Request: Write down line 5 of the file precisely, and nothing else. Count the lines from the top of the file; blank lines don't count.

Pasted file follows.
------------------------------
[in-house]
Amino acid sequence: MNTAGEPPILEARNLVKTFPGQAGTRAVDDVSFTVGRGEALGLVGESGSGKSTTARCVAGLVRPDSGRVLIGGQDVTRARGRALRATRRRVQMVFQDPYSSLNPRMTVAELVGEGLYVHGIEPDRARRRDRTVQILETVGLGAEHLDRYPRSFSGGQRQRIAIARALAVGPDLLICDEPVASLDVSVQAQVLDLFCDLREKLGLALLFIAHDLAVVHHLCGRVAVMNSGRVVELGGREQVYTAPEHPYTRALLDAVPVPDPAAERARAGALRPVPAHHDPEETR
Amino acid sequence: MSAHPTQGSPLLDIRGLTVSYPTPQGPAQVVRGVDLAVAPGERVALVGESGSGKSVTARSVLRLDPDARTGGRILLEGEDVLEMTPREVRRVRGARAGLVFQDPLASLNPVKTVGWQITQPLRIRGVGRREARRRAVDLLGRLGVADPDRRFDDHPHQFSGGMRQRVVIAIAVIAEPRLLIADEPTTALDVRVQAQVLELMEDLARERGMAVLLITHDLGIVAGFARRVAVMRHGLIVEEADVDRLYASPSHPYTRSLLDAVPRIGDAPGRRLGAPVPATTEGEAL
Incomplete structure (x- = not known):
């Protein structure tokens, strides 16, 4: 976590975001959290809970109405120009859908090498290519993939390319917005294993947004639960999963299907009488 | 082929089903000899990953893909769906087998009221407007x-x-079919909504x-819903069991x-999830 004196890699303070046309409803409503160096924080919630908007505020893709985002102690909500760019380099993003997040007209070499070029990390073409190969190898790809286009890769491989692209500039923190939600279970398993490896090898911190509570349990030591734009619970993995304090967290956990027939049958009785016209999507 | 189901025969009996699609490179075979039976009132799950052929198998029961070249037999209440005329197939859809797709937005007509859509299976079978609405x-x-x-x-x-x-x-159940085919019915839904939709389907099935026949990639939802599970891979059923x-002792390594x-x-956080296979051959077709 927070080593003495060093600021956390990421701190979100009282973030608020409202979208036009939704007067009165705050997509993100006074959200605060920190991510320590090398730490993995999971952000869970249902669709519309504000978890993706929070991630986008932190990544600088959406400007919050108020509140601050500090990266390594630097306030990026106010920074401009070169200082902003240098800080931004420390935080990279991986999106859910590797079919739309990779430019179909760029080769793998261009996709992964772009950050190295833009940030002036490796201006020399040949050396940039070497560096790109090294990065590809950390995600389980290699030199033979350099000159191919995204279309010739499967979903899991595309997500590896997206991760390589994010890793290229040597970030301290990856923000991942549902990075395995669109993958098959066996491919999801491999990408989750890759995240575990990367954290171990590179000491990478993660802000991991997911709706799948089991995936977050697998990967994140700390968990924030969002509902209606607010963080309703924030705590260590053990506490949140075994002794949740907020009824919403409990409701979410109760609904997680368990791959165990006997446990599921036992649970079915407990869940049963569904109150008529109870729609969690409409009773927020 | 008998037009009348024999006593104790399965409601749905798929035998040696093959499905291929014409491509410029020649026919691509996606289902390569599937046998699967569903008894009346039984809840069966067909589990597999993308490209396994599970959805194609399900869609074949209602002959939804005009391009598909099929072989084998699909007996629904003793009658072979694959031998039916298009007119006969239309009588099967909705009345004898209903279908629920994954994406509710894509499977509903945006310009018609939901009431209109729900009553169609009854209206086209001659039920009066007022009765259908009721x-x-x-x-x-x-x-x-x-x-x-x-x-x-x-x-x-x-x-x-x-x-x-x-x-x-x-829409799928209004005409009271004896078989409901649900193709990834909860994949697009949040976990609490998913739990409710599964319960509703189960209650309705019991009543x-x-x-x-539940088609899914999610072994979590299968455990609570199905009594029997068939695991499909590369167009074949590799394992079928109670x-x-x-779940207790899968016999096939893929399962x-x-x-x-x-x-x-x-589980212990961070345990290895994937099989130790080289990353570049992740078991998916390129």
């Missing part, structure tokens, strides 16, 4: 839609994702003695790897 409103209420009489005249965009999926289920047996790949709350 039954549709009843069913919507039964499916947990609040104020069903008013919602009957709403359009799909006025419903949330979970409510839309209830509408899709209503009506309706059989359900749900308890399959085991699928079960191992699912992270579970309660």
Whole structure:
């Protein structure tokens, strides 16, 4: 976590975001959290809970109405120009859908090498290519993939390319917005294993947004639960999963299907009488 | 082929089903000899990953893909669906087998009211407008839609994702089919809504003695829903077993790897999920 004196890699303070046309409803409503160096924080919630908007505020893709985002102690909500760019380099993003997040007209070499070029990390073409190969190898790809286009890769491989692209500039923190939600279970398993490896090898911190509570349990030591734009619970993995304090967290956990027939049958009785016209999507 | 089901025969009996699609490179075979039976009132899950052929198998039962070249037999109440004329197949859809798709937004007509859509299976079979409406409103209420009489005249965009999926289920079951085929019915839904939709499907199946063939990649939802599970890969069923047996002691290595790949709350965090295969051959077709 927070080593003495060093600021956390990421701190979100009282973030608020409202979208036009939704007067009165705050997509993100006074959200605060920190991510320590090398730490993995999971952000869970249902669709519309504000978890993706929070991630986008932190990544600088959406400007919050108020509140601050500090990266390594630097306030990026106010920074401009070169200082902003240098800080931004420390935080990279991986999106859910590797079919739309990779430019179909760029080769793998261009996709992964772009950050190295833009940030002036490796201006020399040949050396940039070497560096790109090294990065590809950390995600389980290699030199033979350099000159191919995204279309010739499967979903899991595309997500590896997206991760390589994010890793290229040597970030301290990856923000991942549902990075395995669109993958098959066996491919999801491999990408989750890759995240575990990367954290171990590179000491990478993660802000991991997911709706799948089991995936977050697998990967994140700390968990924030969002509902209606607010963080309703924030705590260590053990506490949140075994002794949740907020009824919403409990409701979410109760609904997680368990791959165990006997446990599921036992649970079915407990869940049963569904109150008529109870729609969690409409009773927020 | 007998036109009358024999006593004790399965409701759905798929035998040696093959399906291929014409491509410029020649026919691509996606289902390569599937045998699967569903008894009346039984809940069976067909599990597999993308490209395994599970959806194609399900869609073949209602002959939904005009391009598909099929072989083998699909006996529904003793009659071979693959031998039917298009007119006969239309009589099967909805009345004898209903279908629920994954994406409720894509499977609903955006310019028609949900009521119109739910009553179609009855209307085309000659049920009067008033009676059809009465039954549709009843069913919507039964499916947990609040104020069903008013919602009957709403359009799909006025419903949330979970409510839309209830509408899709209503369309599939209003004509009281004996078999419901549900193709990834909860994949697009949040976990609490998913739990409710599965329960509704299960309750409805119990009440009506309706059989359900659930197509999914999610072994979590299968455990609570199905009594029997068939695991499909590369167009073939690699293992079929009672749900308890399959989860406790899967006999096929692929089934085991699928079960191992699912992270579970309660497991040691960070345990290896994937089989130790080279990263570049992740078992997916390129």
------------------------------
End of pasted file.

């Protein structure tokens, strides 16, 4: 976590975001959290809970109405120009859908090498290519993939390319917005294993947004639960999963299907009488 | 082929089903000899990953893909769906087998009221407007x-x-079919909504x-819903069991x-999830 004196890699303070046309409803409503160096924080919630908007505020893709985002102690909500760019380099993003997040007209070499070029990390073409190969190898790809286009890769491989692209500039923190939600279970398993490896090898911190509570349990030591734009619970993995304090967290956990027939049958009785016209999507 | 189901025969009996699609490179075979039976009132799950052929198998029961070249037999209440005329197939859809797709937005007509859509299976079978609405x-x-x-x-x-x-x-159940085919019915839904939709389907099935026949990639939802599970891979059923x-002792390594x-x-956080296979051959077709 927070080593003495060093600021956390990421701190979100009282973030608020409202979208036009939704007067009165705050997509993100006074959200605060920190991510320590090398730490993995999971952000869970249902669709519309504000978890993706929070991630986008932190990544600088959406400007919050108020509140601050500090990266390594630097306030990026106010920074401009070169200082902003240098800080931004420390935080990279991986999106859910590797079919739309990779430019179909760029080769793998261009996709992964772009950050190295833009940030002036490796201006020399040949050396940039070497560096790109090294990065590809950390995600389980290699030199033979350099000159191919995204279309010739499967979903899991595309997500590896997206991760390589994010890793290229040597970030301290990856923000991942549902990075395995669109993958098959066996491919999801491999990408989750890759995240575990990367954290171990590179000491990478993660802000991991997911709706799948089991995936977050697998990967994140700390968990924030969002509902209606607010963080309703924030705590260590053990506490949140075994002794949740907020009824919403409990409701979410109760609904997680368990791959165990006997446990599921036992649970079915407990869940049963569904109150008529109870729609969690409409009773927020 | 008998037009009348024999006593104790399965409601749905798929035998040696093959499905291929014409491509410029020649026919691509996606289902390569599937046998699967569903008894009346039984809840069966067909589990597999993308490209396994599970959805194609399900869609074949209602002959939804005009391009598909099929072989084998699909007996629904003793009658072979694959031998039916298009007119006969239309009588099967909705009345004898209903279908629920994954994406509710894509499977509903945006310009018609939901009431209109729900009553169609009854209206086209001659039920009066007022009765259908009721x-x-x-x-x-x-x-x-x-x-x-x-x-x-x-x-x-x-x-x-x-x-x-x-x-x-x-829409799928209004005409009271004896078989409901649900193709990834909860994949697009949040976990609490998913739990409710599964319960509703189960209650309705019991009543x-x-x-x-539940088609899914999610072994979590299968455990609570199905009594029997068939695991499909590369167009074949590799394992079928109670x-x-x-779940207790899968016999096939893929399962x-x-x-x-x-x-x-x-589980212990961070345990290895994937099989130790080289990353570049992740078991998916390129």